The Carob Bean
Source of the carat weight

So why do they weigh gemstones with a unit of measurement called "carats"? Does it have something to do with orange colored veggies? Nope! In ancient times, when such things as grams and ounces, etc., had not yet been invented, some sort of standard had to be set so people could establish a value of a given item.

In the Mediterranean area, there is a tree called a "carob" tree. The carob tree has fruit called carob beans. The long green beans have beans/seeds inside; all are nearly identical in size. As ancient traders traveled around the Mediterranean and surrounding areas, they turned to the carob bean as a unit of measurement. A gemstone would be weighed and put onto a balance scale... the other side would have carob seeds/beans on it. A stone that balanced out evenly against 5 seeds was said to weigh 5 seeds - then 5 carobs - then 5 carats.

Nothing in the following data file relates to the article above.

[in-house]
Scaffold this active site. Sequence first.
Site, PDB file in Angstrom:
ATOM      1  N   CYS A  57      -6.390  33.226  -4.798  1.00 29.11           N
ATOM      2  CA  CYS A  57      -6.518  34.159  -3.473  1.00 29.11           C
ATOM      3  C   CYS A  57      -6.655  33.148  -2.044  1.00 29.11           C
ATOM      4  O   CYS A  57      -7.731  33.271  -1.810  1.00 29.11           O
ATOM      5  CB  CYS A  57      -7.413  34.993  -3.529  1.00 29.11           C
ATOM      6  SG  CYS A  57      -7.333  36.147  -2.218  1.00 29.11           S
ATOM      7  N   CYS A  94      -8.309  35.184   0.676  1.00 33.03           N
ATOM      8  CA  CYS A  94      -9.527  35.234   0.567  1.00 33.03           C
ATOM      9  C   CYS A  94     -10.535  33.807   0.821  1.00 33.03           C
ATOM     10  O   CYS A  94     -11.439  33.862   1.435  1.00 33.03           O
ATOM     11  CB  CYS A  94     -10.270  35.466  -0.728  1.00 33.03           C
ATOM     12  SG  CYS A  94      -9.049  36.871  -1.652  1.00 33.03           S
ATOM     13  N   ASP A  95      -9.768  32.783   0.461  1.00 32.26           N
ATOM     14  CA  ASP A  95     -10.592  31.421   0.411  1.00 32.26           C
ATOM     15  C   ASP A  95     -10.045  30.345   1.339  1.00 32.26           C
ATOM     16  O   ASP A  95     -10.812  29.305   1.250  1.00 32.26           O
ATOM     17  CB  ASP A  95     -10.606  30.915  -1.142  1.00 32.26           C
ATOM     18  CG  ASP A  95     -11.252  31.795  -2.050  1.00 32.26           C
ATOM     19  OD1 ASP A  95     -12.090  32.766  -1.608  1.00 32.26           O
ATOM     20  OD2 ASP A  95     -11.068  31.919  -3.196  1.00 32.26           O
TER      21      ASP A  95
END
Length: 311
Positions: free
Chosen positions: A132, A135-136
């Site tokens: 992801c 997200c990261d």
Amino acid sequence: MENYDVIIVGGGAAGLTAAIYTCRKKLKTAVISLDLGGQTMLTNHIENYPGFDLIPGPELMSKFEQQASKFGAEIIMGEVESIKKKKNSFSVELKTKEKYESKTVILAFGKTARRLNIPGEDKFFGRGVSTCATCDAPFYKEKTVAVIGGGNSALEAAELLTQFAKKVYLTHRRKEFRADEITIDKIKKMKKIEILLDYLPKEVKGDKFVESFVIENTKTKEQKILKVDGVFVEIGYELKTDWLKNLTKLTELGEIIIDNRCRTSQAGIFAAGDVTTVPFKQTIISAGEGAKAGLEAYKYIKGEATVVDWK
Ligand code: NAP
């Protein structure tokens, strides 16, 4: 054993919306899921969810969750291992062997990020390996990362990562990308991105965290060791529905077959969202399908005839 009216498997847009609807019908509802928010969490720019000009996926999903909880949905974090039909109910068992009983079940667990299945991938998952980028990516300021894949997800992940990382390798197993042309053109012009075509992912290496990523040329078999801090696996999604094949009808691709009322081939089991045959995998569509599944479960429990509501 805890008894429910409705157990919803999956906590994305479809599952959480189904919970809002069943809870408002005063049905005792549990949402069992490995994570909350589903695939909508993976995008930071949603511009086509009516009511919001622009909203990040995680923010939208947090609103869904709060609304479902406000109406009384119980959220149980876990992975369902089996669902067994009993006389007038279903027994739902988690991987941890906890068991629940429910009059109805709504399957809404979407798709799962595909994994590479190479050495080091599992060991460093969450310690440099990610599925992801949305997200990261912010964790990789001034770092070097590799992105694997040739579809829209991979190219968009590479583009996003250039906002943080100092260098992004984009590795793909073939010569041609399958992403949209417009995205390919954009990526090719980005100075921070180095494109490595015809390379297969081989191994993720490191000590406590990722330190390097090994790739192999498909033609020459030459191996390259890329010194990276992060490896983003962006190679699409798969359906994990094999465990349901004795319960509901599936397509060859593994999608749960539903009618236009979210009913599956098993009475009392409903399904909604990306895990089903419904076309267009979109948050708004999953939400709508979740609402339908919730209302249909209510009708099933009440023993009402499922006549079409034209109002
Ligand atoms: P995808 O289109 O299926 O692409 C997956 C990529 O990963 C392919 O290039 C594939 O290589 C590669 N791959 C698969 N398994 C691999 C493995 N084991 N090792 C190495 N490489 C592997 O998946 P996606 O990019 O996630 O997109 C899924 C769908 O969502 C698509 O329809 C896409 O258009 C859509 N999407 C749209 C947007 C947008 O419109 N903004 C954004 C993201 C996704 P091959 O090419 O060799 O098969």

In 1871, the British were establishing what we now know as The Old English Weights and Measures. They found that a carob seed from one side of the Mediterranean weighed 0.1885 grams and from the other side weighed 0.215 grams. Over time, between 1878 and 1889, these two numbers were averaged, and the number 0.204304 was used. Subsequently, several trees had all of the beans stripped from them, counted and weighed... the average weight was 0.197 grams. This figure is used today; carats are figured as 5 per gram... or 200 milligrams.

Carob Bean Pod
Carob Tree with Bean Pods

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